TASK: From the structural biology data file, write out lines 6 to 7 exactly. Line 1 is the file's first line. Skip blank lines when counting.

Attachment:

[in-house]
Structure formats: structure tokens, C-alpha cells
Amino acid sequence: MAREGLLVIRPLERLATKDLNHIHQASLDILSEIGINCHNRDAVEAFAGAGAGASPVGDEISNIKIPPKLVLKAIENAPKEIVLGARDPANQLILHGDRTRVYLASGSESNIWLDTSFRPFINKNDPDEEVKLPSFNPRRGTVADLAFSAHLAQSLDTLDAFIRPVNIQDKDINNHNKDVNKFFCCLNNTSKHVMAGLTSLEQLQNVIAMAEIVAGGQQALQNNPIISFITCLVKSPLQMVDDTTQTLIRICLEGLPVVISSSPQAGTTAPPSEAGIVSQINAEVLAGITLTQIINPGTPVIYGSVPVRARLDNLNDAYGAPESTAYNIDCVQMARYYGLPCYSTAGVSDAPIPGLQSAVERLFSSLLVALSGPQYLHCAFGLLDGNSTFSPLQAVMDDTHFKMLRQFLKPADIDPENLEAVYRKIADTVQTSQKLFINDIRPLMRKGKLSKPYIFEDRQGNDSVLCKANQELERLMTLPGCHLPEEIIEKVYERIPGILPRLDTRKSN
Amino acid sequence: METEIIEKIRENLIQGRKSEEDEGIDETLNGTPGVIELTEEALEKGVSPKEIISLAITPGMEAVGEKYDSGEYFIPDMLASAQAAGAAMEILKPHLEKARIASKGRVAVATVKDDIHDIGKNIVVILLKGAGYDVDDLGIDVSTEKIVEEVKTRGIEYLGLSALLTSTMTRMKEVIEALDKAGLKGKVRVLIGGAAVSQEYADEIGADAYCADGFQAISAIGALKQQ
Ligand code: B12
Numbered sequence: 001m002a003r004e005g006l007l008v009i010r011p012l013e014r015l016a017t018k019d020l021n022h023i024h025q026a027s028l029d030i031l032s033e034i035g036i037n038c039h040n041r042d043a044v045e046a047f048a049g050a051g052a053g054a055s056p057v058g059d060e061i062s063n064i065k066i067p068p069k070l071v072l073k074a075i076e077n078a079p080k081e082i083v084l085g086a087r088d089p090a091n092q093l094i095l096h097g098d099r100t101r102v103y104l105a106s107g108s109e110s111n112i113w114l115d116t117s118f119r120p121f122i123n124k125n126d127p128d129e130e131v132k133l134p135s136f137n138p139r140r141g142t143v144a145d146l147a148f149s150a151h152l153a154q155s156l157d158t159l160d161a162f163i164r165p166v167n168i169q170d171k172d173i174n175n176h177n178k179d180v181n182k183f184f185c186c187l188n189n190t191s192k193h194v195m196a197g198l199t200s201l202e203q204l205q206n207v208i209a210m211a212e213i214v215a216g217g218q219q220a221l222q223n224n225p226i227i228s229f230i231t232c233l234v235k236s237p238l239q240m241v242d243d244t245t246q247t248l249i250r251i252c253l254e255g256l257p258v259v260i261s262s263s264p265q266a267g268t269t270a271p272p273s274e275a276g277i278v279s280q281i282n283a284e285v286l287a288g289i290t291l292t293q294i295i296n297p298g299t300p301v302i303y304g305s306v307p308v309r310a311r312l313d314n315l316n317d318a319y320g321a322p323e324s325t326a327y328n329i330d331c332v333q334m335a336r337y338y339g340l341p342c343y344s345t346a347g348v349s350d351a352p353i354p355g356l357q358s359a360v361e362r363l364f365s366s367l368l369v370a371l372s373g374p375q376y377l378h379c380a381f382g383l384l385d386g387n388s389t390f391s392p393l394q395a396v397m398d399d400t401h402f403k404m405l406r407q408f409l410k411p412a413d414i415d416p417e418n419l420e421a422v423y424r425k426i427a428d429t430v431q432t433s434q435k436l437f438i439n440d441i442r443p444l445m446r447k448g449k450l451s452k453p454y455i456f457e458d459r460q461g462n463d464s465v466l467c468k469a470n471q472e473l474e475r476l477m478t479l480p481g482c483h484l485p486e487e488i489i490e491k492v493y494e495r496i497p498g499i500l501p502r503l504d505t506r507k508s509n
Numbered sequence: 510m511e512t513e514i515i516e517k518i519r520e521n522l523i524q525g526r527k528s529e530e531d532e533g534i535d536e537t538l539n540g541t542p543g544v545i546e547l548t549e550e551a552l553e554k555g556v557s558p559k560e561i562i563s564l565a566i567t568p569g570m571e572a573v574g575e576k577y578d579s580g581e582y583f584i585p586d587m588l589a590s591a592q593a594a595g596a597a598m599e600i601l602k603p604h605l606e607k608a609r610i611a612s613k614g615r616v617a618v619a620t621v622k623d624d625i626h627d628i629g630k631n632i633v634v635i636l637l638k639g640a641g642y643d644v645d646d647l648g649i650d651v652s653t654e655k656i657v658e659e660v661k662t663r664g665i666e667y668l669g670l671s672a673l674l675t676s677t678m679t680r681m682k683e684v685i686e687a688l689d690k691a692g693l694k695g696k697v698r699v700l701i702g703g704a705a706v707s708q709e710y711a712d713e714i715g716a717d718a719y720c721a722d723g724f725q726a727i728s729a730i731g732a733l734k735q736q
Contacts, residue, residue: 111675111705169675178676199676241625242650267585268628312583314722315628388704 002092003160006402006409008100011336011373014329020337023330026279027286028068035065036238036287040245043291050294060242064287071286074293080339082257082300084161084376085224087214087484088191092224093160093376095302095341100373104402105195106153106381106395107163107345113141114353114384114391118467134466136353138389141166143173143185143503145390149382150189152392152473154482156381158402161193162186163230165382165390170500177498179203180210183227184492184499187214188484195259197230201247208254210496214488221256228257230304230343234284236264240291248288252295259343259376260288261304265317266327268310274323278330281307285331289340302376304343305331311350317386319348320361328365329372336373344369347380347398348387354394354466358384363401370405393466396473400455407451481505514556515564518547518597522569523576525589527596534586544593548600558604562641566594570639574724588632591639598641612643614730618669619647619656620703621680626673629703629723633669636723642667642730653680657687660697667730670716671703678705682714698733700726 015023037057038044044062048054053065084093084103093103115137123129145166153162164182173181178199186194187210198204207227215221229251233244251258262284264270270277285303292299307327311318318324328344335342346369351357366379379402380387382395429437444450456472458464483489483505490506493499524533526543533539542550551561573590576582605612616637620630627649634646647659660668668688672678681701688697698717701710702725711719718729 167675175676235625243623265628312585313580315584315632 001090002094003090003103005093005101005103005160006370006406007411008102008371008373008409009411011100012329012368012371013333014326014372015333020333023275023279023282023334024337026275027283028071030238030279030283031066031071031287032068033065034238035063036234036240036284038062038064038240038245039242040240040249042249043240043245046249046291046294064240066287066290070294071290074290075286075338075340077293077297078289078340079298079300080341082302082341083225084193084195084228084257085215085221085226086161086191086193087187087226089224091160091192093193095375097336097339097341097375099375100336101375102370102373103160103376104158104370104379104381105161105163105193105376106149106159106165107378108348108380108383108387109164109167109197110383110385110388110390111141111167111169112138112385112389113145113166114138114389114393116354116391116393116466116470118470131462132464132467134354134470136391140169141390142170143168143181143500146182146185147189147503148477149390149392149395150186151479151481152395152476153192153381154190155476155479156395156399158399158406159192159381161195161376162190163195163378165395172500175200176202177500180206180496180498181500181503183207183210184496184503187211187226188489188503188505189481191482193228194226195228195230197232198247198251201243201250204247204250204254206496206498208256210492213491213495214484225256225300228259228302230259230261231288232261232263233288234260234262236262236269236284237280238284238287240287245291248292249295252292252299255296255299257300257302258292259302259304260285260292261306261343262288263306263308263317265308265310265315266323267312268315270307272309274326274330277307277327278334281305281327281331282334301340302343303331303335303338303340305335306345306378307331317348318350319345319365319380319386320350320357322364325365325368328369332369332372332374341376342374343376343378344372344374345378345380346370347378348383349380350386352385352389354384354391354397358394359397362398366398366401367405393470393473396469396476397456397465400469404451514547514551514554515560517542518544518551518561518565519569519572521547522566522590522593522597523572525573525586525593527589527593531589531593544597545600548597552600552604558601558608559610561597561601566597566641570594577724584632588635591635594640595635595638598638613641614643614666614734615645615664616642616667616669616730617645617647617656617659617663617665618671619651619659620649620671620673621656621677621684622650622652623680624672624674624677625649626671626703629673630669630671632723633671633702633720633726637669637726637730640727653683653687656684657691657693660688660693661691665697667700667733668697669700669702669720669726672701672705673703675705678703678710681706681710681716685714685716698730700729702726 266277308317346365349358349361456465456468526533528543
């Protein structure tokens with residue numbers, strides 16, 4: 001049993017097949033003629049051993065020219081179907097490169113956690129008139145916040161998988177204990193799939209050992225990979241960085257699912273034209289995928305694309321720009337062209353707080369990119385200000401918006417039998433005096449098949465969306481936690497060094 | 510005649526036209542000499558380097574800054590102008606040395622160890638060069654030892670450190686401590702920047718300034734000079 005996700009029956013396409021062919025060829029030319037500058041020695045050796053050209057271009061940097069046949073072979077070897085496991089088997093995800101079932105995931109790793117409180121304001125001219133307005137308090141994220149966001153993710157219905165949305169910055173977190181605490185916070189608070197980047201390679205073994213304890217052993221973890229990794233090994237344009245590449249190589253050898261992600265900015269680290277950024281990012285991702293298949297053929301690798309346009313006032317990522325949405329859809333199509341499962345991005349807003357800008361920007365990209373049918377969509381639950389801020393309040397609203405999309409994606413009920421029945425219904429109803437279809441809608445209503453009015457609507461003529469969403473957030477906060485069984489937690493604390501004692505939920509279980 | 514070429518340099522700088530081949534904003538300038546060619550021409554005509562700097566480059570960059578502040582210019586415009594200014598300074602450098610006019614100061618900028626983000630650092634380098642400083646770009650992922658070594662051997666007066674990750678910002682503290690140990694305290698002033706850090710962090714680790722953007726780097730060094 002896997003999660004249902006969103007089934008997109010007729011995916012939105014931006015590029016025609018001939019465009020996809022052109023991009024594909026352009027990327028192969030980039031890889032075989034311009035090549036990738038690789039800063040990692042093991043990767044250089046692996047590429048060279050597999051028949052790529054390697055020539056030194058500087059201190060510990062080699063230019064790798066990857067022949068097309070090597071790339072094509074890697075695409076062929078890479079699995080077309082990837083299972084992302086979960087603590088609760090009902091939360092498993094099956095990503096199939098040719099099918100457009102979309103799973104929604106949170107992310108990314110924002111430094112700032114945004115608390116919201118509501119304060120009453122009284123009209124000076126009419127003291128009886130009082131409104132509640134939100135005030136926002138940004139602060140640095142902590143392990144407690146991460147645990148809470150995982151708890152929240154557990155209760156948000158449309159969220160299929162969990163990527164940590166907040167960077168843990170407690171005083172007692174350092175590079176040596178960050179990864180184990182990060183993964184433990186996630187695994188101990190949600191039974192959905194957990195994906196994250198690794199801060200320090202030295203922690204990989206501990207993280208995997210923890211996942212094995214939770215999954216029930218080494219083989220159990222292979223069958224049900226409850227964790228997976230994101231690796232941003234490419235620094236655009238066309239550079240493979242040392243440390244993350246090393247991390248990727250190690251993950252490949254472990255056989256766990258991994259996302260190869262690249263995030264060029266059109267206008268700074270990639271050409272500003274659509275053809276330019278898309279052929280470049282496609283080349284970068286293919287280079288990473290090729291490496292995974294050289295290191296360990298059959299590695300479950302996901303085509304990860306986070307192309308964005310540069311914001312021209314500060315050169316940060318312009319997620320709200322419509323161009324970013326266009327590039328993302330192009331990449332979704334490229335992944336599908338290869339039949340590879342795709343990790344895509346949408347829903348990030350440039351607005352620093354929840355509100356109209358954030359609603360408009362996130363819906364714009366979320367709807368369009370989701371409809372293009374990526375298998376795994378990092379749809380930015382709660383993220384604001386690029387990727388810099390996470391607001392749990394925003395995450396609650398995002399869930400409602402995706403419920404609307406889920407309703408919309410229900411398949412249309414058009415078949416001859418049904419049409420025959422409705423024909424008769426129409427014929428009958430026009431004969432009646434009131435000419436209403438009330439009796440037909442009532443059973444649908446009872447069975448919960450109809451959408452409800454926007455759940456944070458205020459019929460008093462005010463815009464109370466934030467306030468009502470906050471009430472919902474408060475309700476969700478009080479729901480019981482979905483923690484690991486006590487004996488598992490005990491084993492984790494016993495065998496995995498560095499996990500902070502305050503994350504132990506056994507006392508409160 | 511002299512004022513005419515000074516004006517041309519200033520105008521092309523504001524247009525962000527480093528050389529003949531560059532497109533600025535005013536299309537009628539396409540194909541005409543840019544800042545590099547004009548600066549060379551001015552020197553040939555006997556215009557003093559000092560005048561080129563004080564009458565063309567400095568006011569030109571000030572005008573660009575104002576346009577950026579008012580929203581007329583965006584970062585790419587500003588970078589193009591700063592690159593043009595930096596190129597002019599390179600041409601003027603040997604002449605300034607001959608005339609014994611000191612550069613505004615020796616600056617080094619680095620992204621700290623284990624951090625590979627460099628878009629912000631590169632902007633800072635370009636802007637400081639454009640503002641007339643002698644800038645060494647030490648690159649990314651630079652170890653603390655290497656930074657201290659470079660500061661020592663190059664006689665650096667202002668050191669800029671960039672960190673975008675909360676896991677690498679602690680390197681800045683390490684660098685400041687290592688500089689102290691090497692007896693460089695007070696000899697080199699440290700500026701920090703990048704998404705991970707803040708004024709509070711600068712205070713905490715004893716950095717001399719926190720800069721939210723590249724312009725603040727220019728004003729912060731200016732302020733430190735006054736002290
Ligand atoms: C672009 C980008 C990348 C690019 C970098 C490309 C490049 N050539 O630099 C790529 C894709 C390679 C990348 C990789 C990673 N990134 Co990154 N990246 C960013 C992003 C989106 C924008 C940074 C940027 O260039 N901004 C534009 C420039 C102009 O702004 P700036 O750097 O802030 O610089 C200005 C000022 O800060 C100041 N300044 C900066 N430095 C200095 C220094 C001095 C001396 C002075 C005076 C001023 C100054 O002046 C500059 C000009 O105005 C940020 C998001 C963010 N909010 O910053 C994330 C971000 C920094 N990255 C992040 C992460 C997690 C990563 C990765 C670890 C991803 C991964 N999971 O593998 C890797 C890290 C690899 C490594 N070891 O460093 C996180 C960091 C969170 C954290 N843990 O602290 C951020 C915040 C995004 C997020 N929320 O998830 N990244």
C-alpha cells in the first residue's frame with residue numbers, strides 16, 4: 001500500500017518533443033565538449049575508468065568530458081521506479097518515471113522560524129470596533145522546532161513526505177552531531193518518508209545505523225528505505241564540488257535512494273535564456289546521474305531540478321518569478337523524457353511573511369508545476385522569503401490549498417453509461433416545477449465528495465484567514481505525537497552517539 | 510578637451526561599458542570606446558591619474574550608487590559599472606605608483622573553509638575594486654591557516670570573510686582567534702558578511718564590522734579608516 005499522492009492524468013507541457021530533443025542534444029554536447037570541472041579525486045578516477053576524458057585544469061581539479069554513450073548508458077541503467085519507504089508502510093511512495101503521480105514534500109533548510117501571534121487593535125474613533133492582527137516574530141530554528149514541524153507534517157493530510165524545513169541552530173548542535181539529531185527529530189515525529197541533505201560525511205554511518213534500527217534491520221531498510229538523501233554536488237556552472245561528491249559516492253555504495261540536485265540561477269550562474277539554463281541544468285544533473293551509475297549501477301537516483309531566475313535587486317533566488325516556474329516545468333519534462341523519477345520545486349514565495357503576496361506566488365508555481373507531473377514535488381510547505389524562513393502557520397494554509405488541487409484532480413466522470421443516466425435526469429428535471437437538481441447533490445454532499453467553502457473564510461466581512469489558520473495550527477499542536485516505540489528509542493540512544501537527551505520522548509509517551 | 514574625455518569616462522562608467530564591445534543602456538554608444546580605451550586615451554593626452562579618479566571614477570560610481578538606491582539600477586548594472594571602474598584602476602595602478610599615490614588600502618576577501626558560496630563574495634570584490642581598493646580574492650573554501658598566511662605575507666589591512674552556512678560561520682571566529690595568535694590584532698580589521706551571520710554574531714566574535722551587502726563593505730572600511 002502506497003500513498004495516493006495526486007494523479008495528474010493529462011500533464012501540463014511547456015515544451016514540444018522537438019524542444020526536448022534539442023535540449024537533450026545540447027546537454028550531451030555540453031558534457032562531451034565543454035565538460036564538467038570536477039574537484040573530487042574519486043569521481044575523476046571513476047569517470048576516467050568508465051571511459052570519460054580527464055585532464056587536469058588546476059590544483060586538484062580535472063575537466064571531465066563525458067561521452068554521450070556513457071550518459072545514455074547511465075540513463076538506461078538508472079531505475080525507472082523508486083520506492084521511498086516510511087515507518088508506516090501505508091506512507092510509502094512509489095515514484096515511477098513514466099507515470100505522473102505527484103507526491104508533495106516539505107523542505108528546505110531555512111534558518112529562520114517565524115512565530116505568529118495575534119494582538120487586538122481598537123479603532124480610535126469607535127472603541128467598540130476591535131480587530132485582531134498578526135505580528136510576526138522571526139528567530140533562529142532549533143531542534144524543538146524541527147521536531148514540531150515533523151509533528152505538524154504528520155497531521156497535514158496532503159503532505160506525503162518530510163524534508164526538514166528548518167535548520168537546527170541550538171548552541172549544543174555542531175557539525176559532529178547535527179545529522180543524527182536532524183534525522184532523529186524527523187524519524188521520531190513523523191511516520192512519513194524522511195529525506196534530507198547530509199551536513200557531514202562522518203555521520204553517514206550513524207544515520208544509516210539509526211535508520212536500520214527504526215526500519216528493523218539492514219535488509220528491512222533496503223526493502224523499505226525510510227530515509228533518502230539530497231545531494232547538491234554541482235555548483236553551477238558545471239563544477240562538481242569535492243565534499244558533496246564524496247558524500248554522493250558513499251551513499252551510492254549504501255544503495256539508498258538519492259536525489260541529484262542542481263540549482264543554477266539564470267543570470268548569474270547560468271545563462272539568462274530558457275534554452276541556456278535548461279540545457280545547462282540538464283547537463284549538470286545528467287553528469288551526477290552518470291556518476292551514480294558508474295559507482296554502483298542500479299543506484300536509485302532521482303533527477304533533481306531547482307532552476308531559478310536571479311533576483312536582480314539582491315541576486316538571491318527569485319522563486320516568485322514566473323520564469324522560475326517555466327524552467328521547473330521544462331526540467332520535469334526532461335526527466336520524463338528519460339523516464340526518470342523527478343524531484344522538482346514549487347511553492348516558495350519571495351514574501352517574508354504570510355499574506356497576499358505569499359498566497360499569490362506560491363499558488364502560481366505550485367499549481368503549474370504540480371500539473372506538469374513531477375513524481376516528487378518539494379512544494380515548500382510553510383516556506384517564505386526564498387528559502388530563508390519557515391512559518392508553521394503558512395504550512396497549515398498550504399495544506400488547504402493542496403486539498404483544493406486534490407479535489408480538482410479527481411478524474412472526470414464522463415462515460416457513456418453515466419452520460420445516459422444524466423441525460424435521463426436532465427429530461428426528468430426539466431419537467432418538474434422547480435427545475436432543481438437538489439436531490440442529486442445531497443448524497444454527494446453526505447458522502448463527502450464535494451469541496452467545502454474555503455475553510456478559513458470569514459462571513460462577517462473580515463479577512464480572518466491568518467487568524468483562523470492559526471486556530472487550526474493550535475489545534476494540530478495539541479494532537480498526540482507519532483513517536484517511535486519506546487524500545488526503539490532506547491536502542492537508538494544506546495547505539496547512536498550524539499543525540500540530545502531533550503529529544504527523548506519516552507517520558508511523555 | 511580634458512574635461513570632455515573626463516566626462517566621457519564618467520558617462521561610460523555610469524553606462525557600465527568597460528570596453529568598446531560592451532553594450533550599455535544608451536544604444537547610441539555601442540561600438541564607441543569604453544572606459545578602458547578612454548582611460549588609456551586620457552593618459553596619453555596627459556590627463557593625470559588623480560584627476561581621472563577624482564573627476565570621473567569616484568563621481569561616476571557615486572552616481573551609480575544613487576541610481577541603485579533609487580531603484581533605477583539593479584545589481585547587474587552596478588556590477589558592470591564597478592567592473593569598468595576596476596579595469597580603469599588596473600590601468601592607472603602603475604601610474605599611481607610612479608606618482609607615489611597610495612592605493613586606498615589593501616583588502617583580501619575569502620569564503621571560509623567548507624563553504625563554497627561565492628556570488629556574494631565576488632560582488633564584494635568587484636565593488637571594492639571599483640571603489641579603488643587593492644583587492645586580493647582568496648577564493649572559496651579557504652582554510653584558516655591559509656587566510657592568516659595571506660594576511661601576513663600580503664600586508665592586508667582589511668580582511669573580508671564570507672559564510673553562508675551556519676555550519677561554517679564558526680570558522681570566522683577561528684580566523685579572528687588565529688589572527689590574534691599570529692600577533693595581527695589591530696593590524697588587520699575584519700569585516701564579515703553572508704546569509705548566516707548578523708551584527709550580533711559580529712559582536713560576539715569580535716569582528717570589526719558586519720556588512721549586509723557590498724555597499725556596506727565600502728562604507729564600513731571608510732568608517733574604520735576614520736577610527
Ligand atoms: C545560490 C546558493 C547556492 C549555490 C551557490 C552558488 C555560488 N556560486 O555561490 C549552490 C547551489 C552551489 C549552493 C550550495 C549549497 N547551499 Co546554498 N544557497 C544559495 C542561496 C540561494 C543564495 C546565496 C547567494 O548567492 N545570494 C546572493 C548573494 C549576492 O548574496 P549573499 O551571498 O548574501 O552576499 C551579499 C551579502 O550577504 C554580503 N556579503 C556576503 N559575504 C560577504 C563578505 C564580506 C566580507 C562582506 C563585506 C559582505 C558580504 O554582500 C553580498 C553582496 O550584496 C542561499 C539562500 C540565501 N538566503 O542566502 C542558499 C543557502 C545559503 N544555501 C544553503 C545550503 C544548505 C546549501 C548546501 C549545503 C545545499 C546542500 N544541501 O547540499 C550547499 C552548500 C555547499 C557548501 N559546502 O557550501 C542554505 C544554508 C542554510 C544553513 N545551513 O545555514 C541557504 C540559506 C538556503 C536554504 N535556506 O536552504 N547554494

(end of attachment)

Numbered sequence: 001m002a003r004e005g006l007l008v009i010r011p012l013e014r015l016a017t018k019d020l021n022h023i024h025q026a027s028l029d030i031l032s033e034i035g036i037n038c039h040n041r042d043a044v045e046a047f048a049g050a051g052a053g054a055s056p057v058g059d060e061i062s063n064i065k066i067p068p069k070l071v072l073k074a075i076e077n078a079p080k081e082i083v084l085g086a087r088d089p090a091n092q093l094i095l096h097g098d099r100t101r102v103y104l105a106s107g108s109e110s111n112i113w114l115d116t117s118f119r120p121f122i123n124k125n126d127p128d129e130e131v132k133l134p135s136f137n138p139r140r141g142t143v144a145d146l147a148f149s150a151h152l153a154q155s156l157d158t159l160d161a162f163i164r165p166v167n168i169q170d171k172d173i174n175n176h177n178k179d180v181n182k183f184f185c186c187l188n189n190t191s192k193h194v195m196a197g198l199t200s201l202e203q204l205q206n207v208i209a210m211a212e213i214v215a216g217g218q219q220a221l222q223n224n225p226i227i228s229f230i231t232c233l234v235k236s237p238l239q240m241v242d243d244t245t246q247t248l249i250r251i252c253l254e255g256l257p258v259v260i261s262s263s264p265q266a267g268t269t270a271p272p273s274e275a276g277i278v279s280q281i282n283a284e285v286l287a288g289i290t291l292t293q294i295i296n297p298g299t300p301v302i303y304g305s306v307p308v309r310a311r312l313d314n315l316n317d318a319y320g321a322p323e324s325t326a327y328n329i330d331c332v333q334m335a336r337y338y339g340l341p342c343y344s345t346a347g348v349s350d351a352p353i354p355g356l357q358s359a360v361e362r363l364f365s366s367l368l369v370a371l372s373g374p375q376y377l378h379c380a381f382g383l384l385d386g387n388s389t390f391s392p393l394q395a396v397m398d399d400t401h402f403k404m405l406r407q408f409l410k411p412a413d414i415d416p417e418n419l420e421a422v423y424r425k426i427a428d429t430v431q432t433s434q435k436l437f438i439n440d441i442r443p444l445m446r447k448g449k450l451s452k453p454y455i456f457e458d459r460q461g462n463d464s465v466l467c468k469a470n471q472e473l474e475r476l477m478t479l480p481g482c483h484l485p486e487e488i489i490e491k492v493y494e495r496i497p498g499i500l501p502r503l504d505t506r507k508s509n
Numbered sequence: 510m511e512t513e514i515i516e517k518i519r520e521n522l523i524q525g526r527k528s529e530e531d532e533g534i535d536e537t538l539n540g541t542p543g544v545i546e547l548t549e550e551a552l553e554k555g556v557s558p559k560e561i562i563s564l565a566i567t568p569g570m571e572a573v574g575e576k577y578d579s580g581e582y583f584i585p586d587m588l589a590s591a592q593a594a595g596a597a598m599e600i601l602k603p604h605l606e607k608a609r610i611a612s613k614g615r616v617a618v619a620t621v622k623d624d625i626h627d628i629g630k631n632i633v634v635i636l637l638k639g640a641g642y643d644v645d646d647l648g649i650d651v652s653t654e655k656i657v658e659e660v661k662t663r664g665i666e667y668l669g670l671s672a673l674l675t676s677t678m679t680r681m682k683e684v685i686e687a688l689d690k691a692g693l694k695g696k697v698r699v700l701i702g703g704a705a706v707s708q709e710y711a712d713e714i715g716a717d718a719y720c721a722d723g724f725q726a727i728s729a730i731g732a733l734k735q736q